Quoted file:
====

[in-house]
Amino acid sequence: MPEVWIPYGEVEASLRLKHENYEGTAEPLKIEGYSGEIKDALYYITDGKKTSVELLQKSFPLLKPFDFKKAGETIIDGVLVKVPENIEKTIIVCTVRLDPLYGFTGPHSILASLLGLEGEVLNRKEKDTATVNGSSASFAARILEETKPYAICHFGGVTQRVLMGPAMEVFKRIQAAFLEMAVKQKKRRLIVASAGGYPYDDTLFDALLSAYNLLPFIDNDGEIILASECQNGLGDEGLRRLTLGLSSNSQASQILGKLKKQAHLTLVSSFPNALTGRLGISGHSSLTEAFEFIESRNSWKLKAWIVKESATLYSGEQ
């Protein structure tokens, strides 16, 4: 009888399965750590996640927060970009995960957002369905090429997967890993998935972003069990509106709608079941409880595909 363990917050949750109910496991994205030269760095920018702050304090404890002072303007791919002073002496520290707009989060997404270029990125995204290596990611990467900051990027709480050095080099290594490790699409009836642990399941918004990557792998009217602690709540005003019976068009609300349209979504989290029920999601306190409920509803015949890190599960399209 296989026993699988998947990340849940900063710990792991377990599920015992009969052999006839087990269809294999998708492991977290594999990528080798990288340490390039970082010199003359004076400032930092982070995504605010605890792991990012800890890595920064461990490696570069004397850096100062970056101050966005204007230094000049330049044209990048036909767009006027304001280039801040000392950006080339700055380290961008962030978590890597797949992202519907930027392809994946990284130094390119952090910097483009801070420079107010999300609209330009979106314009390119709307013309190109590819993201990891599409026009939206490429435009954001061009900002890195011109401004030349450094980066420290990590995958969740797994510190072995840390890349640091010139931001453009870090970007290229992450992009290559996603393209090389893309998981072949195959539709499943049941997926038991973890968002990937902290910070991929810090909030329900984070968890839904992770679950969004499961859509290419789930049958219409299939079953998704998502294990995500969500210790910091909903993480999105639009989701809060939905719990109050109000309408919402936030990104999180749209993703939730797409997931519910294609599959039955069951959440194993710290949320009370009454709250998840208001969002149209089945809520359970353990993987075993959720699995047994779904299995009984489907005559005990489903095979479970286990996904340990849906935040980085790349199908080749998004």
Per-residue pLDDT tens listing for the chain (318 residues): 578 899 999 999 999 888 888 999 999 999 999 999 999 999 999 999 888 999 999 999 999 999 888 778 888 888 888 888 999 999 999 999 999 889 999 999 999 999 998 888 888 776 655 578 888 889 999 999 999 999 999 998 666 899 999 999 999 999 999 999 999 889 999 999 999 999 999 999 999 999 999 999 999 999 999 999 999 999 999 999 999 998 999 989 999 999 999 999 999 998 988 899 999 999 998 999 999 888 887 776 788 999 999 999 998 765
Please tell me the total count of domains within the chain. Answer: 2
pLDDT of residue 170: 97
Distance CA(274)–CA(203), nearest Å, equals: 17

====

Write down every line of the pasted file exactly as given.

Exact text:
[in-house]
Amino acid sequence: MPEVWIPYGEVEASLRLKHENYEGTAEPLKIEGYSGEIKDALYYITDGKKTSVELLQKSFPLLKPFDFKKAGETIIDGVLVKVPENIEKTIIVCTVRLDPLYGFTGPHSILASLLGLEGEVLNRKEKDTATVNGSSASFAARILEETKPYAICHFGGVTQRVLMGPAMEVFKRIQAAFLEMAVKQKKRRLIVASAGGYPYDDTLFDALLSAYNLLPFIDNDGEIILASECQNGLGDEGLRRLTLGLSSNSQASQILGKLKKQAHLTLVSSFPNALTGRLGISGHSSLTEAFEFIESRNSWKLKAWIVKESATLYSGEQ
């Protein structure tokens, strides 16, 4: 009888399965750590996640927060970009995960957002369905090429997967890993998935972003069990509106709608079941409880595909 363990917050949750109910496991994205030269760095920018702050304090404890002072303007791919002073002496520290707009989060997404270029990125995204290596990611990467900051990027709480050095080099290594490790699409009836642990399941918004990557792998009217602690709540005003019976068009609300349209979504989290029920999601306190409920509803015949890190599960399209 296989026993699988998947990340849940900063710990792991377990599920015992009969052999006839087990269809294999998708492991977290594999990528080798990288340490390039970082010199003359004076400032930092982070995504605010605890792991990012800890890595920064461990490696570069004397850096100062970056101050966005204007230094000049330049044209990048036909767009006027304001280039801040000392950006080339700055380290961008962030978590890597797949992202519907930027392809994946990284130094390119952090910097483009801070420079107010999300609209330009979106314009390119709307013309190109590819993201990891599409026009939206490429435009954001061009900002890195011109401004030349450094980066420290990590995958969740797994510190072995840390890349640091010139931001453009870090970007290229992450992009290559996603393209090389893309998981072949195959539709499943049941997926038991973890968002990937902290910070991929810090909030329900984070968890839904992770679950969004499961859509290419789930049958219409299939079953998704998502294990995500969500210790910091909903993480999105639009989701809060939905719990109050109000309408919402936030990104999180749209993703939730797409997931519910294609599959039955069951959440194993710290949320009370009454709250998840208001969002149209089945809520359970353990993987075993959720699995047994779904299995009984489907005559005990489903095979479970286990996904340990849906935040980085790349199908080749998004």
Per-residue pLDDT tens listing for the chain (318 residues): 578 899 999 999 999 888 888 999 999 999 999 999 999 999 999 999 888 999 999 999 999 999 888 778 888 888 888 888 999 999 999 999 999 889 999 999 999 999 998 888 888 776 655 578 888 889 999 999 999 999 999 998 666 899 999 999 999 999 999 999 999 889 999 999 999 999 999 999 999 999 999 999 999 999 999 999 999 999 999 999 999 998 999 989 999 999 999 999 999 998 988 899 999 999 998 999 999 888 887 776 788 999 999 999 998 765
Please tell me the total count of domains within the chain. Answer: 2
pLDDT of residue 170: 97
Distance CA(274)–CA(203), nearest Å, equals: 17